Cycle laws and etiquette explained

01 November


The relationship between cyclists and drivers is often a frayed one.

The rise in helmet-cams has helped settle disputes, yet for both parties there still seems to be some confusion over road laws as well as the general etiquette. Here is a quick list that outlines the road laws for cyclists as well as some common etiquette to take heed of:

Two abreast

Even though most drivers will think otherwise, it’s actually perfectly legal for cyclists to ride side by side on UK roads - single file is only mandatory on slim roads. A cause of great annoyance for drivers, the common perception here is that cyclists riding two abreast makes it more difficult to overtake. Actually, this isn’t true, and makes roads safer for all involved.


Most likely to be the cause of the majority of driver vs cyclist issues, overtaking is a hot topic on the roads. The law actually states that most vulnerable vehicles (cyclists fall under this) should be given at least the same amount of space as a usual vehicle. This means that any overtaking should be done via the other side of the road, as if overtaking another car. However, what often occurs is a muddle whereby the cyclist pulls to the side and lets a same-lane overtaking situation occur – resulting in a hazardous situation.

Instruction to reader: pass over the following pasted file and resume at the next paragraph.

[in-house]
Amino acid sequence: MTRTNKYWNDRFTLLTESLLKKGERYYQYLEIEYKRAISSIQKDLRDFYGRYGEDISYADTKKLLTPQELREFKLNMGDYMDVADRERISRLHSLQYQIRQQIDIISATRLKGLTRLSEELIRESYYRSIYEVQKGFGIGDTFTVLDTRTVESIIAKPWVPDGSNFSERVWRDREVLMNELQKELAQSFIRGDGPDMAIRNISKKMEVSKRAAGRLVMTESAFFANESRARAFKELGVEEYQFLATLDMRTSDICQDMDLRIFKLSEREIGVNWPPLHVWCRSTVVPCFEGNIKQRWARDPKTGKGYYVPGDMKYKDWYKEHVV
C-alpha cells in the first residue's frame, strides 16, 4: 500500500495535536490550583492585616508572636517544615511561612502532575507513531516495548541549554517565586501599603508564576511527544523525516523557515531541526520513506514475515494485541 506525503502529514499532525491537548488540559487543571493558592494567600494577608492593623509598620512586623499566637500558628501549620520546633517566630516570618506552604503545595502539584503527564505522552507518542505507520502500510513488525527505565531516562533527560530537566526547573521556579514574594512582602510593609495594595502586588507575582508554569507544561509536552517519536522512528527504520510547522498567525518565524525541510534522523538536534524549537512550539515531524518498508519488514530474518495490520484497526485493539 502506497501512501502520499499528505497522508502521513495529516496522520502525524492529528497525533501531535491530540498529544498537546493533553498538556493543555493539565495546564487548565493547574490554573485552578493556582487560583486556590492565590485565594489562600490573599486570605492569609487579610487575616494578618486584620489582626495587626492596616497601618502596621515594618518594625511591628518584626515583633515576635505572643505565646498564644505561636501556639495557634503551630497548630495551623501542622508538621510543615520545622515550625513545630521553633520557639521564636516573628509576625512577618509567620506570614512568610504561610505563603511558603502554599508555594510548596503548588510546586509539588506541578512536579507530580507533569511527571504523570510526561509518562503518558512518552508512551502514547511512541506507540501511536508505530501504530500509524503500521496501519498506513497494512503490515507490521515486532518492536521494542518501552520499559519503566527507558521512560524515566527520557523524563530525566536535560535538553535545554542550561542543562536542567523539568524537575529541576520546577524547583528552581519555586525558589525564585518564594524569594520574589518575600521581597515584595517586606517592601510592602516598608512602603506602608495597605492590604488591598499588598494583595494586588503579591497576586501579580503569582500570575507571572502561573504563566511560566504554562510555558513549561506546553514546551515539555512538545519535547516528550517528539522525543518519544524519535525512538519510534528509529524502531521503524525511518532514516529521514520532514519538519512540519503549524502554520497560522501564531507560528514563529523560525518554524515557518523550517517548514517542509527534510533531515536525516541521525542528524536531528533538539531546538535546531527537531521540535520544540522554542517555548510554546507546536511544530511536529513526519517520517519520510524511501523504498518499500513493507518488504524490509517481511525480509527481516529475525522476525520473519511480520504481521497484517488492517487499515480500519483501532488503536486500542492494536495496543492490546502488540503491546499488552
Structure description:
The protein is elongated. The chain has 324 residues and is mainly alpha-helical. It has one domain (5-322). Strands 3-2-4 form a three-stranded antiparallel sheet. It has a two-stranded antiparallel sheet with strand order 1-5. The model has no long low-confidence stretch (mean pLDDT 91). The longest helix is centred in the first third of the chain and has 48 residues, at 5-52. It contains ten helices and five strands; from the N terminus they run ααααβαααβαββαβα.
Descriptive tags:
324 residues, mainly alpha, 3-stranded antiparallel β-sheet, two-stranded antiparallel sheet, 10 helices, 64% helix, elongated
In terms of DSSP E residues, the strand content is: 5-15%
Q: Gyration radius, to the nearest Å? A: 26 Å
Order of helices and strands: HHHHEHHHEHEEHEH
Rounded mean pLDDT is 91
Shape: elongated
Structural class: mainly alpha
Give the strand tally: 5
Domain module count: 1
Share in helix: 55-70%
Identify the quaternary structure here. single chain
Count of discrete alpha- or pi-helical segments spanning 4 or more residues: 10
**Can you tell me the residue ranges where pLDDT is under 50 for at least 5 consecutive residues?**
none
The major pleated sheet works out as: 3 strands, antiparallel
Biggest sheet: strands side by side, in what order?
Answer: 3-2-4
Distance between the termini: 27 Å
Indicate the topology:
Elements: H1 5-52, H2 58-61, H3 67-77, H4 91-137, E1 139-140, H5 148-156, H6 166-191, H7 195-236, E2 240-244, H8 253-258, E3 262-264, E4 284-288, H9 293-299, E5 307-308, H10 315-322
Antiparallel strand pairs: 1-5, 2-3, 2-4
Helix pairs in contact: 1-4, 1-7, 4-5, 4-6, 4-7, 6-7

Road space

As mentioned above, cyclists, according to the Highway Code should be given at least the same amount of space as a traditional vehicle. To elaborate, it is commonplace to see a cyclist on the edge of the road, hugging the curb in order to stay out of danger. However, this principle is actually counter-productive, as overtaking becomes more dangerous and cyclists are at a higher risk due to ditches, grids and potholes that are often found on the inner section of roads.

Improving overall attitudes

As mentioned earlier, there is no love lost between the driver-cyclist relationship. Most issues arise from the three main problems mentoned earlier, and can actually be solved through all road users making a conscious effort to brush up on the Highway Code. No one likes being held up, yet a little patience with a cyclist can be the difference between an accident taking place. Don’t shout, beep or attempt aggressive manoeuvres—it’s simply not helpful or worth the risk to both parties.

*We recommend you brush up on cyclist laws here, to make certain you’re crystal clear on the correct driver/cyclist etiquette.

Have we missed any important cycling ettiqutte? Tweet us your rules at @Allstar

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